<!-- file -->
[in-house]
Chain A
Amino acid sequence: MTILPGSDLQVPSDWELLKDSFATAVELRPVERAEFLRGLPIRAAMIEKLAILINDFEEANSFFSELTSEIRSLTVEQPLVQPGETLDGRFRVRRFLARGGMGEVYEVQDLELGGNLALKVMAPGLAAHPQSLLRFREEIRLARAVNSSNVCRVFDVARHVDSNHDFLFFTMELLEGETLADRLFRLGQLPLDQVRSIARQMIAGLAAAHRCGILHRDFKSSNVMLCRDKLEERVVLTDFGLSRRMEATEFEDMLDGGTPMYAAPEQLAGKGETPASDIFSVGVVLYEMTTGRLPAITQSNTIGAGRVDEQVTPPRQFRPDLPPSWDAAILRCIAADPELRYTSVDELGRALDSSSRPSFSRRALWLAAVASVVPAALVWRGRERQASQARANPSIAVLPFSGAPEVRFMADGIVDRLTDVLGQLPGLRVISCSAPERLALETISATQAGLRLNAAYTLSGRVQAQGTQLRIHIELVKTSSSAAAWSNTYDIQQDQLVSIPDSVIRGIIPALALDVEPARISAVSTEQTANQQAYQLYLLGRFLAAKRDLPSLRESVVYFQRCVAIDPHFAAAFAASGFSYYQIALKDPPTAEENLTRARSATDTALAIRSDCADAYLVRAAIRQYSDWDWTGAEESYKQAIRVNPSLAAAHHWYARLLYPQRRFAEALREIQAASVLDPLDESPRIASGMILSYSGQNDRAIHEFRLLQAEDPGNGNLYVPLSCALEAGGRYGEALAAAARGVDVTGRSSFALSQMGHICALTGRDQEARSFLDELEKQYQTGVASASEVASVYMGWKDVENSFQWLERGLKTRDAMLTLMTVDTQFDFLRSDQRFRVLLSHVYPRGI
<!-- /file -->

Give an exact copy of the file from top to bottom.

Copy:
[in-house]
Chain A
Amino acid sequence: MTILPGSDLQVPSDWELLKDSFATAVELRPVERAEFLRGLPIRAAMIEKLAILINDFEEANSFFSELTSEIRSLTVEQPLVQPGETLDGRFRVRRFLARGGMGEVYEVQDLELGGNLALKVMAPGLAAHPQSLLRFREEIRLARAVNSSNVCRVFDVARHVDSNHDFLFFTMELLEGETLADRLFRLGQLPLDQVRSIARQMIAGLAAAHRCGILHRDFKSSNVMLCRDKLEERVVLTDFGLSRRMEATEFEDMLDGGTPMYAAPEQLAGKGETPASDIFSVGVVLYEMTTGRLPAITQSNTIGAGRVDEQVTPPRQFRPDLPPSWDAAILRCIAADPELRYTSVDELGRALDSSSRPSFSRRALWLAAVASVVPAALVWRGRERQASQARANPSIAVLPFSGAPEVRFMADGIVDRLTDVLGQLPGLRVISCSAPERLALETISATQAGLRLNAAYTLSGRVQAQGTQLRIHIELVKTSSSAAAWSNTYDIQQDQLVSIPDSVIRGIIPALALDVEPARISAVSTEQTANQQAYQLYLLGRFLAAKRDLPSLRESVVYFQRCVAIDPHFAAAFAASGFSYYQIALKDPPTAEENLTRARSATDTALAIRSDCADAYLVRAAIRQYSDWDWTGAEESYKQAIRVNPSLAAAHHWYARLLYPQRRFAEALREIQAASVLDPLDESPRIASGMILSYSGQNDRAIHEFRLLQAEDPGNGNLYVPLSCALEAGGRYGEALAAAARGVDVTGRSSFALSQMGHICALTGRDQEARSFLDELEKQYQTGVASASEVASVYMGWKDVENSFQWLERGLKTRDAMLTLMTVDTQFDFLRSDQRFRVLLSHVYPRGI